Small mammals, big personalities
Personalities of animals, including the smallest woodland mammals, dictate how they behave and, ultimately, impact their habitat. Understanding how the critters respond in environments being altered by humans and climate change is at the core of research by Alessio Mortelliti, an assistant professor of wildlife habitat ecology at UMaine.
Small mammals play a really critical role in forest regeneration.
Like humans, animals have personalities. We have bold individuals, shy individuals, more aggressive individuals. It’s the same for animals. There’s shyer mice, more aggressive mice, more curious mice, more active mice.
It’s important to have a lot of diversity in population for them to be healthy. A population that has animals with all the same behavioral type, it’s not going to be as able to withstand change as a population of animals with all sorts of behavioral types.
A bold mouse, it might have advantages in some instances, but a shy mouse may also have advantages in some circumstances. It’s important to have that diversity.
Humans influence animals when we clear forests, when we urbanize, but we may not be affecting all of the animals the same way.
The small mammals like to move when it’s raining because predators can’t hear their feet scurrying around as easily.
We’re looking at whether, by modifying the environment, we’re actually giving an advantage to certain types of individuals, so we are somehow modifying the course of evolution and advantage in certain personality traits compared to others.
This is a woodland jumping mouse.
We use three different behavioral tests right now to help us gauge personality. The first is called an open field test. It’s used to measure an individual’s response to a novel environment.
Second test is called an emergence test. It lets us see who the bold individuals are.
The last test, it’s called a handling bag test. Basically, it measures stress response. Then I can eventually look and see how personality influences body condition, survival, and how this change all plays into it. Depending on the type of forest treatment, animals are either advantaged or disadvantaged.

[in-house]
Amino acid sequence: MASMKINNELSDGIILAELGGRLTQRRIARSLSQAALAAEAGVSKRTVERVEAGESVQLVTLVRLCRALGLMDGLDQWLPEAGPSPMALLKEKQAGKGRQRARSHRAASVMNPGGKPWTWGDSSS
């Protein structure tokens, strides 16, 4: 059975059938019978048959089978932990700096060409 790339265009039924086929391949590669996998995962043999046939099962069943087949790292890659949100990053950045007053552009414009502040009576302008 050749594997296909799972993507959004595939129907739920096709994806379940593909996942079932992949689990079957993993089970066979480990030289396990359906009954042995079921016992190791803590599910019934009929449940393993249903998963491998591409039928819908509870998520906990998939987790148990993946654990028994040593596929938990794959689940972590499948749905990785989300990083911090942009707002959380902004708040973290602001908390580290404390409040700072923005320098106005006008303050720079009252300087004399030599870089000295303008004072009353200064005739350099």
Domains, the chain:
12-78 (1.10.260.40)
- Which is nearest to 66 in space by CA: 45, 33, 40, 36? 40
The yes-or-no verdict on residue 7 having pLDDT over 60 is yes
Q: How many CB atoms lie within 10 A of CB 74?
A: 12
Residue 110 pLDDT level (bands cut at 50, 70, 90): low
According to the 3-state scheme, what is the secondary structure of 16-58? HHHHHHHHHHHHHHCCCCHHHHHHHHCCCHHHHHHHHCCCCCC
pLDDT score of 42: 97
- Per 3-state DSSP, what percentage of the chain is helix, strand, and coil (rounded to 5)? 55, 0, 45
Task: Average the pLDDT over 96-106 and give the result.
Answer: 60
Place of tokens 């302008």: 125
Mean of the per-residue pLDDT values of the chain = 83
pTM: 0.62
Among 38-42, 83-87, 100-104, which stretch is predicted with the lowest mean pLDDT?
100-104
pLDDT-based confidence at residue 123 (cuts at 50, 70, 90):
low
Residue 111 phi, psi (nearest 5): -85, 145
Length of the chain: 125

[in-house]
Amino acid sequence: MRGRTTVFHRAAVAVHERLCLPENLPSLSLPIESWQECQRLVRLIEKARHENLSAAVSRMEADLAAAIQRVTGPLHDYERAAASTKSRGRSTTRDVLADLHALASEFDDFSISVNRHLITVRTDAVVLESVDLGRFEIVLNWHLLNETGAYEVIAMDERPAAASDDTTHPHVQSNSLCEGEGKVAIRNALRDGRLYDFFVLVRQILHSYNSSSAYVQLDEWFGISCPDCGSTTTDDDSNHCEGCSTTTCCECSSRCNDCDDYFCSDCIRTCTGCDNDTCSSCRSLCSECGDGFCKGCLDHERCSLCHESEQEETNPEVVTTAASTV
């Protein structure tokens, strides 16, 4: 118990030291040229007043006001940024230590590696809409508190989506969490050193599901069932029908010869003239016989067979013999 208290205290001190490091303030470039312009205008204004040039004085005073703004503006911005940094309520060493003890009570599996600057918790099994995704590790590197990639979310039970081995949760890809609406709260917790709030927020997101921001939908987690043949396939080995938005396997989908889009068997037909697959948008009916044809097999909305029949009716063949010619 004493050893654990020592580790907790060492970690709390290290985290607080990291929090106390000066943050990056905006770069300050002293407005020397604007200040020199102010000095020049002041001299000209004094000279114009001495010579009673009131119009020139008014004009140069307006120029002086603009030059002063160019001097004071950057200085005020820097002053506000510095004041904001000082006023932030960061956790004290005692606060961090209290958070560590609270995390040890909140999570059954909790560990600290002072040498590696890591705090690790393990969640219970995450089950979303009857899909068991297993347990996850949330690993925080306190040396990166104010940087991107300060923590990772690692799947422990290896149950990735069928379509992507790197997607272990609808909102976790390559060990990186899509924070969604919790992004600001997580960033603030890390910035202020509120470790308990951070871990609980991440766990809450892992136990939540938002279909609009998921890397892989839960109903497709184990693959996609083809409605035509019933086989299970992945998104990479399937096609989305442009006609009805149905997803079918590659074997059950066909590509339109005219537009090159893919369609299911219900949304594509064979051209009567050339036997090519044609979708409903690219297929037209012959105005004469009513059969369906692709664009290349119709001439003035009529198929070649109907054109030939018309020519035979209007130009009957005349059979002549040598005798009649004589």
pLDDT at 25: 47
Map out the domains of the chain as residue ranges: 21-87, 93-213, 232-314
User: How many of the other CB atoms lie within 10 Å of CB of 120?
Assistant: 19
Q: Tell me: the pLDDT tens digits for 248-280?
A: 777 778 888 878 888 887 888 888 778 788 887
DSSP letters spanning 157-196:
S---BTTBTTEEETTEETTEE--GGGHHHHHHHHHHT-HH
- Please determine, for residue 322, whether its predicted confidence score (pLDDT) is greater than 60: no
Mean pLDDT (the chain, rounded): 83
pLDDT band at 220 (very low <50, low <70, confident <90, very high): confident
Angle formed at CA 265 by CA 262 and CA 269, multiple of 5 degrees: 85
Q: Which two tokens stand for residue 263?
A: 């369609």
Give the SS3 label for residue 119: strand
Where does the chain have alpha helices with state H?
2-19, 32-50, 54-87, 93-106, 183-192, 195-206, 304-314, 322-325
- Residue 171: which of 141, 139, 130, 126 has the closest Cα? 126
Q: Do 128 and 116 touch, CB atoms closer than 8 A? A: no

People think, who cares about small mammals? They’re not an important species. Because their job in the ecosystem is to eat seeds and disperse them, they can really harvest up to every tip.
For example, we’re finding that they really do not like paper birch. They do not like balsam fir. I’ve seen squirrels spitting seeds of balsam fir because they don’t like them.
I’m not surprised that balsam fir, paper birch are the most common species in regenerating forests. They can really have a very substantial role on the composition of the forest.
Basically, an animal passes through this area, they go in here, and start eating whatever seeds I have. It’ll read the pit tag. Then these two cameras will show me what they’re doing. I can see what sort of decisions that they make and how long it takes them to make those choices.
I am giving them different size and weight options. They all taste the same, they smell the same, and the same shape. The only thing that’s different is their size. I’m looking to see how different individuals make different choices based on the size of the seeds and the weight of the seeds.
Obviously, bigger seeds, they give you more resources. They’re better to a point, because you’ve got to lug that big thing away and you can’t be vigilant during that time. Then there’s a cost to even spending the energy to disperse that seed.
I want to see whether or not personality plays into this choice, whether or not the bolder, more active individuals are the ones who decide to go for that big seed versus the smaller seed.
In the long term, if we want to manage viable populations, we need to also start looking at things such as the variation of personalities. If we want these populations to be able to adapt to the changes in climate, land use changes of the future, we need to preserve this variation behavior.